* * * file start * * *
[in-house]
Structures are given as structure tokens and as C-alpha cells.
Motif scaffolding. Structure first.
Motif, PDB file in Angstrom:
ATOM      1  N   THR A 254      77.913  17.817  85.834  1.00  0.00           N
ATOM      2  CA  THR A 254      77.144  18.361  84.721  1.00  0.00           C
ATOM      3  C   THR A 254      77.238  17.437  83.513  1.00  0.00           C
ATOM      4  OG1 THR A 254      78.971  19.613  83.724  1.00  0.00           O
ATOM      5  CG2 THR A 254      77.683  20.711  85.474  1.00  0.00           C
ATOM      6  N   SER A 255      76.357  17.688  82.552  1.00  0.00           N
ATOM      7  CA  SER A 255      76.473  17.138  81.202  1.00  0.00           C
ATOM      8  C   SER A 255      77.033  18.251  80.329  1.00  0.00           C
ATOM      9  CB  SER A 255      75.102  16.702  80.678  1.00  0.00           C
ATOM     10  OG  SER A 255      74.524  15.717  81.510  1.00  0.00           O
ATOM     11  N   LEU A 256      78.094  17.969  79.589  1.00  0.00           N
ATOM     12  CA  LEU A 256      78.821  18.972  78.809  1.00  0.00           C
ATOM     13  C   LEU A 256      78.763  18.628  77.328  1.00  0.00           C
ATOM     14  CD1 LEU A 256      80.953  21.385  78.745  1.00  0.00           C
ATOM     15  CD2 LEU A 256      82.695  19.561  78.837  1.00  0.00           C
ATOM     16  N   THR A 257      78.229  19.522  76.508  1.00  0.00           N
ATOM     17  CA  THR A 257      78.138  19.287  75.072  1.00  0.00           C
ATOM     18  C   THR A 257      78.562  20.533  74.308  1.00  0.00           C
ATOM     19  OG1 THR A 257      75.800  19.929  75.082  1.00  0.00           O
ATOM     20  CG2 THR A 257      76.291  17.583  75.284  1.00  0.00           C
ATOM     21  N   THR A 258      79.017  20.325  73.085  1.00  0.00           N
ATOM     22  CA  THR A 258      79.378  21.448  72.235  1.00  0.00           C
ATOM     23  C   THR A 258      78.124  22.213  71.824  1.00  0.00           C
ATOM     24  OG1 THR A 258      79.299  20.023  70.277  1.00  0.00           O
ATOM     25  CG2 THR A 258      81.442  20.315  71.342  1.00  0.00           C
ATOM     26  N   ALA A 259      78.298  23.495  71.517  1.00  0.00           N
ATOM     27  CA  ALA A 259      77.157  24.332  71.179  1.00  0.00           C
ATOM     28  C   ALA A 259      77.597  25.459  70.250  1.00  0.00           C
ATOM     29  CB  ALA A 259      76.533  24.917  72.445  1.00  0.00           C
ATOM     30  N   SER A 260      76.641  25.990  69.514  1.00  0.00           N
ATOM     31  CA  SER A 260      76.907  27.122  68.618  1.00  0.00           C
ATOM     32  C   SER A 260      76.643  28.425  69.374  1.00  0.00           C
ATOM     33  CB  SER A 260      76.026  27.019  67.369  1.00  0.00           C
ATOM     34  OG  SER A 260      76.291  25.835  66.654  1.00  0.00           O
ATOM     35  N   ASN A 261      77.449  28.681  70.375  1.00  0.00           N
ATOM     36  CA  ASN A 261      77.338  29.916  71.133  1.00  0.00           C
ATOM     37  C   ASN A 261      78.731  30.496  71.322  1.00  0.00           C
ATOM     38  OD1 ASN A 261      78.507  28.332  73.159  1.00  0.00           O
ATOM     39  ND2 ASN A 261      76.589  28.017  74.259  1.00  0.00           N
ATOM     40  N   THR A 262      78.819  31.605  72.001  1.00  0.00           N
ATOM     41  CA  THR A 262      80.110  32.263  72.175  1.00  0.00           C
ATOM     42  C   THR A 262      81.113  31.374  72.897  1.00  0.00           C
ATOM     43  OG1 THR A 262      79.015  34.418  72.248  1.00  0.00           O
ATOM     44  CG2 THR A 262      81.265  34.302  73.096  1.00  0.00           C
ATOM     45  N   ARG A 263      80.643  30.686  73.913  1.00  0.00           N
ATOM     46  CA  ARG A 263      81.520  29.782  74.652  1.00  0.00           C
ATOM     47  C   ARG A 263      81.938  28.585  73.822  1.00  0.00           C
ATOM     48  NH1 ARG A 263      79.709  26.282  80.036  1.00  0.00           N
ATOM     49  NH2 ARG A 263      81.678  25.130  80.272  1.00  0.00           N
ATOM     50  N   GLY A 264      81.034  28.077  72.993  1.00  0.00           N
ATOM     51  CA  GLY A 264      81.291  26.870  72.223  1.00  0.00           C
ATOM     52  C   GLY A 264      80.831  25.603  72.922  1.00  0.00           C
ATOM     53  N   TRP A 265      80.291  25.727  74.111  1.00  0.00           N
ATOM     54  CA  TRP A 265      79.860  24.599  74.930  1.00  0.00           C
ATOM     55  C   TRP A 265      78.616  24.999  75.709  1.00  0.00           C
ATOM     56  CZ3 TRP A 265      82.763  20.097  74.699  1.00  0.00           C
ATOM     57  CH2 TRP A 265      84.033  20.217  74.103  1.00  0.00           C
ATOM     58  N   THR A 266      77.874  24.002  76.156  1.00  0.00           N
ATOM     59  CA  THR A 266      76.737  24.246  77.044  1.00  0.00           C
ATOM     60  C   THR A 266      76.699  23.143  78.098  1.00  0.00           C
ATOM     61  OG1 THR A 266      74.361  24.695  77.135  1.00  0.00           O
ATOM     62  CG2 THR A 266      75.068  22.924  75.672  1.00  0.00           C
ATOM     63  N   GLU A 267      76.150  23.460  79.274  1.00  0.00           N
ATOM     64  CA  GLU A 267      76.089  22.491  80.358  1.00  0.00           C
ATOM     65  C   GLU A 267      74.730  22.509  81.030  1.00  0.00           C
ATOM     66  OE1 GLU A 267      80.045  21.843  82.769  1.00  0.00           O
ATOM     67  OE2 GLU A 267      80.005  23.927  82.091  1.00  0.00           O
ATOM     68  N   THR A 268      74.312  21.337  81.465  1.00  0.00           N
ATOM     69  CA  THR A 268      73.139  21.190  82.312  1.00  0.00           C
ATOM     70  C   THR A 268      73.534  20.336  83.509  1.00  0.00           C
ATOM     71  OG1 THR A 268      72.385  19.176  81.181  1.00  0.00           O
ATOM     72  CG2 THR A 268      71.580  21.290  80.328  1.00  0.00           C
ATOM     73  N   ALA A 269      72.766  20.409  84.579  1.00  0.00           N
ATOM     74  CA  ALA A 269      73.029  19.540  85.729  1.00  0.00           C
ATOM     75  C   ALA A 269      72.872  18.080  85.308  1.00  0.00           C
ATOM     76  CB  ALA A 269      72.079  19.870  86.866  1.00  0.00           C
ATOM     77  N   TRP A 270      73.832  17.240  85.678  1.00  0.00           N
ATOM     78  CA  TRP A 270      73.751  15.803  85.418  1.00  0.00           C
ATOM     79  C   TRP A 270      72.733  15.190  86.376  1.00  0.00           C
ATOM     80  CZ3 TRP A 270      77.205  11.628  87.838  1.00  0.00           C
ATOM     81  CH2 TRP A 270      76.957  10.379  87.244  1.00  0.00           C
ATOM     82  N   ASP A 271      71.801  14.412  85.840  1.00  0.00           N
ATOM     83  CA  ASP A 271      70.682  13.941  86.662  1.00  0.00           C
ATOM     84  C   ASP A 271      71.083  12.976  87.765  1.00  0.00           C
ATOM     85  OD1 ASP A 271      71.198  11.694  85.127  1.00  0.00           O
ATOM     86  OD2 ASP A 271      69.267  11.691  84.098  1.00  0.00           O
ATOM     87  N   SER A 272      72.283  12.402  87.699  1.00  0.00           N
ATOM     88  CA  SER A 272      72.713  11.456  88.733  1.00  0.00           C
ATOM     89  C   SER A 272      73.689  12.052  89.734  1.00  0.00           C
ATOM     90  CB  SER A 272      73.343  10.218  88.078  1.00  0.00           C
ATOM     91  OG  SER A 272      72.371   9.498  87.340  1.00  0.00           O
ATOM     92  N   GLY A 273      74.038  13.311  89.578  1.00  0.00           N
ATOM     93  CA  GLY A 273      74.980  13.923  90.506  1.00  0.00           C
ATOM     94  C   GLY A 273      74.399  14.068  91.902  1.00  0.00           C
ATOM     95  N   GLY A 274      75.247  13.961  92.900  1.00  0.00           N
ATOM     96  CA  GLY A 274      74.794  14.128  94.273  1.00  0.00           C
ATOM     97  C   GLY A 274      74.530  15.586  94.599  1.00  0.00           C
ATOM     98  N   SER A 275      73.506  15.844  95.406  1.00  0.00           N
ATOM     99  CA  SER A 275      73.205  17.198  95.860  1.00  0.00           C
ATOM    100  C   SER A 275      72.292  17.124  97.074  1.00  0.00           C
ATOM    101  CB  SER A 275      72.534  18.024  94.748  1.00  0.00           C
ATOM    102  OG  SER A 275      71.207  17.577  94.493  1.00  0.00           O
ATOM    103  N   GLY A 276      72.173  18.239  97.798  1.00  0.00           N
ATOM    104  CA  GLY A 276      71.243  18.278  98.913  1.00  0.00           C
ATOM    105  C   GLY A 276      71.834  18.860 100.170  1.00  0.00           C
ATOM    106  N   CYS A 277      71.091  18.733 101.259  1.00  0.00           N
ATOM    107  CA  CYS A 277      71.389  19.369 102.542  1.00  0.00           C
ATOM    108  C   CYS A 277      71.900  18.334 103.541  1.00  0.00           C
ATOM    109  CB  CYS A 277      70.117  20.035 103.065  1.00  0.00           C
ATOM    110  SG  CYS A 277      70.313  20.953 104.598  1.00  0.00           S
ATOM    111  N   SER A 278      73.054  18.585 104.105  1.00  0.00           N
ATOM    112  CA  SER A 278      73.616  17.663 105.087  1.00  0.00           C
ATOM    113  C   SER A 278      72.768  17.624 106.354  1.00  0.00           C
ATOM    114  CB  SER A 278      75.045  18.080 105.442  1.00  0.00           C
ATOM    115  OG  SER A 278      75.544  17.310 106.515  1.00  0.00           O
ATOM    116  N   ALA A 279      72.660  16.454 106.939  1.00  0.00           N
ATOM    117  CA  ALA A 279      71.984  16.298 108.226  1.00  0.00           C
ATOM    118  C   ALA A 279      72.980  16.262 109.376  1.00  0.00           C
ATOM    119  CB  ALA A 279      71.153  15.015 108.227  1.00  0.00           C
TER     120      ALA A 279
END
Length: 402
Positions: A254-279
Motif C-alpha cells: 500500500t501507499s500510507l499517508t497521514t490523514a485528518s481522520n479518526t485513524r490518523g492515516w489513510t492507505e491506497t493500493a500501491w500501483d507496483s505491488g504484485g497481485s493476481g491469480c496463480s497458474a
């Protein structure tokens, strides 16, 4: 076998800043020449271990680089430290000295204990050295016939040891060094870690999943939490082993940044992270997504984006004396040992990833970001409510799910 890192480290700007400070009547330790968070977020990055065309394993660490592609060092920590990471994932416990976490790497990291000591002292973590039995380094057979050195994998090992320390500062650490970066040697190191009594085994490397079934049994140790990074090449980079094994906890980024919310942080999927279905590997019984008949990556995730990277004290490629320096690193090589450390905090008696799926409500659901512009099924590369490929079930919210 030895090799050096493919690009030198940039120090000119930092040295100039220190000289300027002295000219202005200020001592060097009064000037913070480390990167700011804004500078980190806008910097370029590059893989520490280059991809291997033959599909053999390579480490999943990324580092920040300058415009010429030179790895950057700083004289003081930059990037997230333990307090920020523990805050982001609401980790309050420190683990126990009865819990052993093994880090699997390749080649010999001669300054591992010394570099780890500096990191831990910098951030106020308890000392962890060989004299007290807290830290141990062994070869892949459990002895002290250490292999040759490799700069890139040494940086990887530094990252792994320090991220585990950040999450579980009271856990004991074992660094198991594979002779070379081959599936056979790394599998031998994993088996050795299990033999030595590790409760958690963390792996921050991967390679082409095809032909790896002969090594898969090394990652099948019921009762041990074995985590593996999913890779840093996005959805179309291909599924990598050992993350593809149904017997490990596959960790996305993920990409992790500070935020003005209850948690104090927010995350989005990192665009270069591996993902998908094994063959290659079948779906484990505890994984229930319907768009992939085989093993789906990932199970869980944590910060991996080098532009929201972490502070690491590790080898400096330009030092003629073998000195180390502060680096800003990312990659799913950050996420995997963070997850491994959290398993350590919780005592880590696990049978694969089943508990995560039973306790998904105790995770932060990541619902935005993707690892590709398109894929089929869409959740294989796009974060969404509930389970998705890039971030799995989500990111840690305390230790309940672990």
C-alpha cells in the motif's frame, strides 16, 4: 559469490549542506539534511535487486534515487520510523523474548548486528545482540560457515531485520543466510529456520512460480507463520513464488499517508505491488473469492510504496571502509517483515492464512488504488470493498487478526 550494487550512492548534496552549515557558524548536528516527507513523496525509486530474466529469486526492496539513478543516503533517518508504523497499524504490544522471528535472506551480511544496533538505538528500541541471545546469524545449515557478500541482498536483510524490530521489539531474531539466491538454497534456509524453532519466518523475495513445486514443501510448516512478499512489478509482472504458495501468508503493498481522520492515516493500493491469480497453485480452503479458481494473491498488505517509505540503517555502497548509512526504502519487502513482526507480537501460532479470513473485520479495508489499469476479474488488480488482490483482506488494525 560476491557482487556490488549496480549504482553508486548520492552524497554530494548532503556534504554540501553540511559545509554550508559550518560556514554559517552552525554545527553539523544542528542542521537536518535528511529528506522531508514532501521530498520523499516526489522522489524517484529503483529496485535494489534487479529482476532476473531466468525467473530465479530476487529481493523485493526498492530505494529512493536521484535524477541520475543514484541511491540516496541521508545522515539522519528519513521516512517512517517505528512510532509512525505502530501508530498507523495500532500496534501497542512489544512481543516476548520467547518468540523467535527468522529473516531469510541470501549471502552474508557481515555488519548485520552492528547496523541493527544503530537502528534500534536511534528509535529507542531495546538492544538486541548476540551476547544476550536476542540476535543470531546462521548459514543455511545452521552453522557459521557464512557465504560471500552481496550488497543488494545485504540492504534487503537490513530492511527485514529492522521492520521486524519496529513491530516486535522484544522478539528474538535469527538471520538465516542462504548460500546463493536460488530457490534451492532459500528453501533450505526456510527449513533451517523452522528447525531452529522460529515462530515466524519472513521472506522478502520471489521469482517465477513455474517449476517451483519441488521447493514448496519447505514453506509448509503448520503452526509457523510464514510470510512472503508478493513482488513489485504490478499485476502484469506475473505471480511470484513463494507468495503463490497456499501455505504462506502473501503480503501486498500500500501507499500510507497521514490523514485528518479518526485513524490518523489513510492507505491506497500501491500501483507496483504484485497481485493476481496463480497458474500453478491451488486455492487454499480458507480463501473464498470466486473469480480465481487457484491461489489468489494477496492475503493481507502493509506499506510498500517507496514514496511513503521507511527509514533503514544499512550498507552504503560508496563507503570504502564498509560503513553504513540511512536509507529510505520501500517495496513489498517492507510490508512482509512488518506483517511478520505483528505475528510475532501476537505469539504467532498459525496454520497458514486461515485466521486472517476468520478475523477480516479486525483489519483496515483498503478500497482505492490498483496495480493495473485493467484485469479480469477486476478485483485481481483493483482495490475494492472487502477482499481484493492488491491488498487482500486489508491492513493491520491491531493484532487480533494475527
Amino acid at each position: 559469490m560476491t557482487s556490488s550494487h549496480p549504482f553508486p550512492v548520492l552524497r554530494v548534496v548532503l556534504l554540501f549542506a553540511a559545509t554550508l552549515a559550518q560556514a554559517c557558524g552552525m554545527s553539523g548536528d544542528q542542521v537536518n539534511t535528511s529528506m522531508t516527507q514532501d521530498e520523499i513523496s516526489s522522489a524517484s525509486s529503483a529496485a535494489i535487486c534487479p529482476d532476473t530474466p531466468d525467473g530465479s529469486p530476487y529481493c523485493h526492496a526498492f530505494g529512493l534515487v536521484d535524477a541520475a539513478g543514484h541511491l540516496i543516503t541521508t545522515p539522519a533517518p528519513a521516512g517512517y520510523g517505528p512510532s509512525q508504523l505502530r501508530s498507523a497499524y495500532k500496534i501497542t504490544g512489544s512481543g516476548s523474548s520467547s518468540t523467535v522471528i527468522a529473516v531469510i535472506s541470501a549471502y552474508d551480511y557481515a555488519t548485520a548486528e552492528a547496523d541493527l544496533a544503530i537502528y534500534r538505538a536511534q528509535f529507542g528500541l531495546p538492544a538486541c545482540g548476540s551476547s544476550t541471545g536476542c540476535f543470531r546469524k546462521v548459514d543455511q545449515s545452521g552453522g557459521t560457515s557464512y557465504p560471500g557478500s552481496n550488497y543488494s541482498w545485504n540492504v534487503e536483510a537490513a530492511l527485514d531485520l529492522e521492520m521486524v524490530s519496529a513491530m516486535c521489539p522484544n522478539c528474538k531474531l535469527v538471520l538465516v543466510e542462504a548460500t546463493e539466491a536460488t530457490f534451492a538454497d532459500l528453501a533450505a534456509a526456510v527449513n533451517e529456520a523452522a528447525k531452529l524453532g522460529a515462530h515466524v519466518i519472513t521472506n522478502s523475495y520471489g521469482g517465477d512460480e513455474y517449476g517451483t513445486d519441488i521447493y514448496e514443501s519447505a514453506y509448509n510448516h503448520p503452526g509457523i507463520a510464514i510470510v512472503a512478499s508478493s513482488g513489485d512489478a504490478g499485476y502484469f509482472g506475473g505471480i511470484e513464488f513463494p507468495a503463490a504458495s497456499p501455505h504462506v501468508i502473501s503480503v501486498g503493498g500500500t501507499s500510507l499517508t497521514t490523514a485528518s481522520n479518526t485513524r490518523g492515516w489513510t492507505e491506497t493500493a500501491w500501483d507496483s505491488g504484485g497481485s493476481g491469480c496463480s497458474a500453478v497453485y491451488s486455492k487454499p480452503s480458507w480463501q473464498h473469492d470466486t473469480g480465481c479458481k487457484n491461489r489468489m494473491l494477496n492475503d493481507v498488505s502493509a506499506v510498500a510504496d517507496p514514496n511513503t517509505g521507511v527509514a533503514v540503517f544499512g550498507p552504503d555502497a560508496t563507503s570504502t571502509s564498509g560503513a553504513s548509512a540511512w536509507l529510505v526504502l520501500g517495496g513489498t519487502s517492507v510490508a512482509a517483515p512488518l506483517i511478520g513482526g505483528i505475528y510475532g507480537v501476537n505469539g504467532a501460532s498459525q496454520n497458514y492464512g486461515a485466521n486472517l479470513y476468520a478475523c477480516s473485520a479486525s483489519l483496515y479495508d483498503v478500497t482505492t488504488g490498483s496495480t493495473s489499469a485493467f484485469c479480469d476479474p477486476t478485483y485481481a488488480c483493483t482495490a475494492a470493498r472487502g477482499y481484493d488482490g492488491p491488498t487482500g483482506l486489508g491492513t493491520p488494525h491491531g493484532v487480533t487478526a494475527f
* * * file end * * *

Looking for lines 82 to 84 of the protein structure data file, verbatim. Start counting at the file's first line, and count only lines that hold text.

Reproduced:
ATOM     78  CA  TRP A 270      73.751  15.803  85.418  1.00  0.00           C
ATOM     79  C   TRP A 270      72.733  15.190  86.376  1.00  0.00           C
ATOM     80  CZ3 TRP A 270      77.205  11.628  87.838  1.00  0.00           C